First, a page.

Saturday, August 06, 2016

40,000 years ago media was 3D - it’s making a comeback

At the dawn of media, 40,000 years ago, sculpture was 3D. Prehistoric sculpture was voluptuously 3D, wallowing in the grace of the human and animalform. Our ancestors’ brains understood that re-presentations of the 3D world should be in 3D. Even cave paintings took full advantage of the rock shapes and contours. Recent research shows that cave art may not have been ‘art’ at all but a more utilitarian tool – the cave as classroom, where we learned to be a predator and avoid being prey. It would seem that the images had real narrative purpose, showing the actual appearance and hunting habits of animals.
Media is 2D
Around 3400 years ago, we invented writing upon 2D surfaces; clay, papyrus, bark and paper. This form of semantic communication has remained a powerful, flexible and dominant force. Painted art on 2D walls and 2D canvases also came to dominate domestic decoration and art.
Writing, print, black and white photography, colour photography, black and white movies, colour movies, back and white television, colour television, green computer screens, colour computer screens, HD TVs, tablets, mobiles – what do they all have in common? They are all 2D.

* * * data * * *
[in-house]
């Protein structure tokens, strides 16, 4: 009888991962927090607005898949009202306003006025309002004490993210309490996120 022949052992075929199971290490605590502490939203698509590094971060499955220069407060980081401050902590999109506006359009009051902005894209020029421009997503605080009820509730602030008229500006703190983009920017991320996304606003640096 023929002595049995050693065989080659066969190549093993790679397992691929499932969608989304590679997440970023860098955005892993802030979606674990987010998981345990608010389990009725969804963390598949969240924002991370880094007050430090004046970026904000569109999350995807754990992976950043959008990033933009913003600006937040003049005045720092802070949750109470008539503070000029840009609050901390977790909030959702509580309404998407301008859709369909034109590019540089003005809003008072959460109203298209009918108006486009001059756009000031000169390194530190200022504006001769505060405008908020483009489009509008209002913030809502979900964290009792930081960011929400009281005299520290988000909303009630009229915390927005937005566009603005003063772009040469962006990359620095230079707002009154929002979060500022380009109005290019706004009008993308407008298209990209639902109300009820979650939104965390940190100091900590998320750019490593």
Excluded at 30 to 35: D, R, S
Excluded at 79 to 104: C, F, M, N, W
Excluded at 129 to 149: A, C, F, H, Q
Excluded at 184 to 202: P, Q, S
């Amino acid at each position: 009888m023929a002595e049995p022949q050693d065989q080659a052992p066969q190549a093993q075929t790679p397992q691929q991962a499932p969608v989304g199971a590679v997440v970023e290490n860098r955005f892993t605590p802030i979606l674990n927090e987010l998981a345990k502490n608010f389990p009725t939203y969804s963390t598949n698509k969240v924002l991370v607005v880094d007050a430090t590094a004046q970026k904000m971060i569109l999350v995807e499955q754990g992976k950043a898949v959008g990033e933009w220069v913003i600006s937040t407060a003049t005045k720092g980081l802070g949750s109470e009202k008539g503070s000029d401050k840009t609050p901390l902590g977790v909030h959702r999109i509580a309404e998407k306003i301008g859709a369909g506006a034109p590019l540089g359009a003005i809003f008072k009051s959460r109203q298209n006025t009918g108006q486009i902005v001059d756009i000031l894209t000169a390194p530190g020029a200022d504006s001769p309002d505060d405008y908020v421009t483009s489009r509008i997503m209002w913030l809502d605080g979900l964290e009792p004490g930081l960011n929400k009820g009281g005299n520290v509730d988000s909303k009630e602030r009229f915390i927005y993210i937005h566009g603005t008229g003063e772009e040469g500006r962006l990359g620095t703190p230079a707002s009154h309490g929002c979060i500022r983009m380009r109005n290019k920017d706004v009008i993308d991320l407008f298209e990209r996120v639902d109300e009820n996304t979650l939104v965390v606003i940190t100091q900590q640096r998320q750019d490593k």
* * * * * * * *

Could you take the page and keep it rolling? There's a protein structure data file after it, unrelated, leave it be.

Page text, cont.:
TVs have been getting bigger and with higher and higher fidelity. Indeed we are capable of creating fidelity beyond that which the human eyes can perceive. This attempts to recreate 3D immersion in 2D by increasing the field of view. It also increases suspension of disbelief by bringing the immersion of cinema into the home. It is 2D that strives to be 3D.
The battle of mobile screens has led to a battle between mobile and tablet screens. Phone screens got smaller, then bigger, eventually settling on screens large enough to satisfy viewing needs but small enough to hold in the hand and put in one’s pocket. Phablets essentially outgunning the tablet market. All of this has taken place within the 2D paradigm of flat screens. Even the 3D worlds in gaming, where players moved around within 3D environments were still 2D.
McLuhan and Baudrillard reflected on these changes and the shift from the real to simulated and hyperreal. As the consumerist world of communications, art, entertainment and work become more virtual, we spent more and more time in this new realm. Yet it has remained stubbornly 2D. This is because the technology we invented and made available was limited.  Black and white photography, movies and TV existed, not because we loved the ability of that medium to represent essence – we had it because silver nitrate and limited broadcast technology was all we had.
Yet human perception is 3D
But here’s the thing, contrast our media with the reality of human perception. We see in 3D, we hear in 3D. We have stereoscopic vision and hearing which creates enough data for the brain to recreate 3D worlds. Our two eyes recombine two separate data feeds to recreate in out brains the 3D world we perceive. Our two ears are subtly folded to create sound shadows and catch the exact location of sounds in 3D space. We feel, smell and touch in 3D, even our balance and sense of direction are in 3D. Consciousness itself is in 3D. Yet our media are still largely 2D.
Media now 3D